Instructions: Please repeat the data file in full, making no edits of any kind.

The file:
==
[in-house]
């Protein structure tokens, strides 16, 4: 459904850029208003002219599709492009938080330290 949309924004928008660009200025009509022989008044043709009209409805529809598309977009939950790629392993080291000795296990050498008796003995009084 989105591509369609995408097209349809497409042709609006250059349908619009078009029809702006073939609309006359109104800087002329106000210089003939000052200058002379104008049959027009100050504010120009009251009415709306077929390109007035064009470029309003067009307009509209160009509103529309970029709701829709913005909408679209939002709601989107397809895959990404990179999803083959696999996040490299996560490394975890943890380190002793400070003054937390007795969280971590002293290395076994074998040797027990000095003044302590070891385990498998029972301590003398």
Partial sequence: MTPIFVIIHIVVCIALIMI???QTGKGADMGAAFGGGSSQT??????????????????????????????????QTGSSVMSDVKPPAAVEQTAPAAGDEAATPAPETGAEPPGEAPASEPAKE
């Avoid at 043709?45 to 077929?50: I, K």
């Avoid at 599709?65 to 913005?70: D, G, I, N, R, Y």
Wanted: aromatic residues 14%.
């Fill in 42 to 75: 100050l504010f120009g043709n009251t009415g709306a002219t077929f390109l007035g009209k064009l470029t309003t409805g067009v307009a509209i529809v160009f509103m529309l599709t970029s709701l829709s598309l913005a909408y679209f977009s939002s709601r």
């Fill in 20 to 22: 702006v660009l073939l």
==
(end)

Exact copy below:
[in-house]
């Protein structure tokens, strides 16, 4: 459904850029208003002219599709492009938080330290 949309924004928008660009200025009509022989008044043709009209409805529809598309977009939950790629392993080291000795296990050498008796003995009084 989105591509369609995408097209349809497409042709609006250059349908619009078009029809702006073939609309006359109104800087002329106000210089003939000052200058002379104008049959027009100050504010120009009251009415709306077929390109007035064009470029309003067009307009509209160009509103529309970029709701829709913005909408679209939002709601989107397809895959990404990179999803083959696999996040490299996560490394975890943890380190002793400070003054937390007795969280971590002293290395076994074998040797027990000095003044302590070891385990498998029972301590003398």
Partial sequence: MTPIFVIIHIVVCIALIMI???QTGKGADMGAAFGGGSSQT??????????????????????????????????QTGSSVMSDVKPPAAVEQTAPAAGDEAATPAPETGAEPPGEAPASEPAKE
């Avoid at 043709?45 to 077929?50: I, K």
């Avoid at 599709?65 to 913005?70: D, G, I, N, R, Y």
Wanted: aromatic residues 14%.
């Fill in 42 to 75: 100050l504010f120009g043709n009251t009415g709306a002219t077929f390109l007035g009209k064009l470029t309003t409805g067009v307009a509209i529809v160009f509103m529309l599709t970029s709701l829709s598309l913005a909408y679209f977009s939002s709601r």
């Fill in 20 to 22: 702006v660009l073939l």